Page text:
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i-gotU GT-600 GPS Travel and Sports Logger Review

15th March 2010

 Review by Lutz Bendlin

Last year we reviewed the i-gotU GT-200e, a Bluetooth enabled data logger with a generous 64MB onboard memory. While we did like some aspects of the device (like the waterproof design and the large memory) we also raised some issues (like the misdesigned main button, and the so-so battery life).


MobileAction have asked us to review the successor device, the i-gotU GT-600 which comes without a Bluetooth radio but instead adds a motion detector. Let's see how the new model fares.


The only obvious physical difference between the two devices is the additional "MD" stamp on the front of the GT-600. Everything else is the same on the outside of the data logger, and the blister pack for the retail sale is also nearly identical. So if you want to know about the physical characteristics of the GT-600 please check out our previous review.


Since the device is fully sealed I could not look inside to see what kind of motion sensor is built in. However, giving it the shakes does not reveal any rattle, so I put my money on a gas based electronic motion detector. It certainly is sensitive. Mostly this is a good thing. It is only a slight problem when you have a scenario of a car parked on a busy road. The more sensitive motion sensors tend to be triggered by any passing car. That's not too good for the battery runtime.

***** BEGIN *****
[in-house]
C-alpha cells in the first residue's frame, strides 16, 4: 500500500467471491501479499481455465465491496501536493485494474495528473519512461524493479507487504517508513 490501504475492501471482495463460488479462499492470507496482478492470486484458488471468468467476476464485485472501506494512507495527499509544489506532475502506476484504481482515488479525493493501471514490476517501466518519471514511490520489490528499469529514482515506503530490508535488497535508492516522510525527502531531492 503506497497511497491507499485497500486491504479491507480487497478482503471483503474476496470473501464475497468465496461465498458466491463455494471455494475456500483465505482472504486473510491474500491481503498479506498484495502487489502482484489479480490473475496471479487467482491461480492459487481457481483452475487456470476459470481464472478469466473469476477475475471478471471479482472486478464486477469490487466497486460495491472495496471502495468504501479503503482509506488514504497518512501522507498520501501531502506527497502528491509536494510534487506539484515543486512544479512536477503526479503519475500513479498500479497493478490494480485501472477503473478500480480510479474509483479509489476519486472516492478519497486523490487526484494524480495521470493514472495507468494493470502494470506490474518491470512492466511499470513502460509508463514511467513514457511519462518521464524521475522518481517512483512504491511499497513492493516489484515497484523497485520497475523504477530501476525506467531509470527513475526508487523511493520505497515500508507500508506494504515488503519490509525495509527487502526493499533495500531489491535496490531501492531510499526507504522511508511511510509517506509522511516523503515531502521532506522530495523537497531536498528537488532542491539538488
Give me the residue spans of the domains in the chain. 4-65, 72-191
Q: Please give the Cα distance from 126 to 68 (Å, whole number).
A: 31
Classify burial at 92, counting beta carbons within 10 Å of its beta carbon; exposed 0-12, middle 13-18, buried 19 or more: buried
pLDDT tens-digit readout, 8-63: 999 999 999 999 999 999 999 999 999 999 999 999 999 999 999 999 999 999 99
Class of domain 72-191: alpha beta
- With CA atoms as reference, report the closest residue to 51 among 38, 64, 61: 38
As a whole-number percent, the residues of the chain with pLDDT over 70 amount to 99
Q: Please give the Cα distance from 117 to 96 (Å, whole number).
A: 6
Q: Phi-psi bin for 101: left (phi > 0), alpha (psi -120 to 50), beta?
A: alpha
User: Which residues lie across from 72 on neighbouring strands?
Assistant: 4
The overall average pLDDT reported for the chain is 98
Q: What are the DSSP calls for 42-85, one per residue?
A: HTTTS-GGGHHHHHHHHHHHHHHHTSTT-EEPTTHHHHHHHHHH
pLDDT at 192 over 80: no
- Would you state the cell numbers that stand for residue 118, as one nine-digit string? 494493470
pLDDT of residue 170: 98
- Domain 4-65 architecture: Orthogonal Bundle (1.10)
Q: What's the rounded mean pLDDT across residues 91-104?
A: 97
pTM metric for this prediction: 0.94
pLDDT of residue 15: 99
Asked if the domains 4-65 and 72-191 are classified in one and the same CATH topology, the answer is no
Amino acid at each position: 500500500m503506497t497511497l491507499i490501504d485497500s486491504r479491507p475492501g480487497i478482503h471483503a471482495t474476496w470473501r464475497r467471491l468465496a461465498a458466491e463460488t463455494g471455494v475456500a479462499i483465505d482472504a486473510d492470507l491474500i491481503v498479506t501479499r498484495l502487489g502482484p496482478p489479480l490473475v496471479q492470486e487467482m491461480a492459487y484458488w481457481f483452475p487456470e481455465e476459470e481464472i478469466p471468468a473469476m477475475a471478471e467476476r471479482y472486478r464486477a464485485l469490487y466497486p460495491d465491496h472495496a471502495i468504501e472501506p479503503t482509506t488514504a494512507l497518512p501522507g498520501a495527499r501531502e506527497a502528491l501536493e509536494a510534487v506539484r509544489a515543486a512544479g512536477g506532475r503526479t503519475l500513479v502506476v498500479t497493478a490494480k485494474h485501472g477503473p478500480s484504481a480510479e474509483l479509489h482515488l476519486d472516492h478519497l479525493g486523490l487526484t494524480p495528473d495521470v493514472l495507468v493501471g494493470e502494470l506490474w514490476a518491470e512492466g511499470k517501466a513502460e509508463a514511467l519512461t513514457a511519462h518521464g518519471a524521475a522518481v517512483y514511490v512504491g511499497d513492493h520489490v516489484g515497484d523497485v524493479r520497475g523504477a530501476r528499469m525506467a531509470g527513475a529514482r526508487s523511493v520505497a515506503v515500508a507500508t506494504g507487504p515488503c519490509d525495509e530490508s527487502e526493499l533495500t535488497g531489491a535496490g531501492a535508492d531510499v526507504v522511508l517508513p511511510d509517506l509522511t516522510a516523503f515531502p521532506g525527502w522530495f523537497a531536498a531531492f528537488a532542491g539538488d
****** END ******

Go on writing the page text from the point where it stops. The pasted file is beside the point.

Of course - battery runtime. That's one of the main ideas behind the motion sensor after all, right? The GT-200e lasted for a day or so, and the MobileAction marketing promises a "20% improvement in battery runtime" for the GT-600. I don't really know what they base this 20% claim on but I have seen a much more dramatic improvement. In fact it took me a WHOLE MONTH (in the default log mode) to run the battery down, with a daily use of about 90 minutes.



One of the complaints with the GT-200e was that the data logger would not work in "black box" mode (ie it would not switch on when external power is applied, making it unsuitable for use as a permanently installed car travel recorder). I am glad to see that the GT-600 now supports the "black box" mode, although selecting "Auto power on upon charging" will disable the motion sensor. The circular buffer will guarantee that you always have the most recent track data available. If the memory is full the data logger will overwrite the oldest data.



The other major concern from our previous review was about the large button on the front of the data logger being way too easy to press inadvertently. More often than not instead of recording a great track I would just be carrying a switched off little white gadget around needlessly.


No longer - the new "Enable button contol" setting fixes that issue. The setting is kind of a misnomer as we want to disable the button rather than enable it, but hey, it works. Uncheck the box and the GT-600 will no longer react to ANY button presses.



The caveat here is that the photo tagging option (ie marking the waypoint where you take a picture) won't be available any more either. While I could think of a compromise (for example the button could still react to short presses but not to long presses) this is a small price to pay for a huge improvement in overall usability.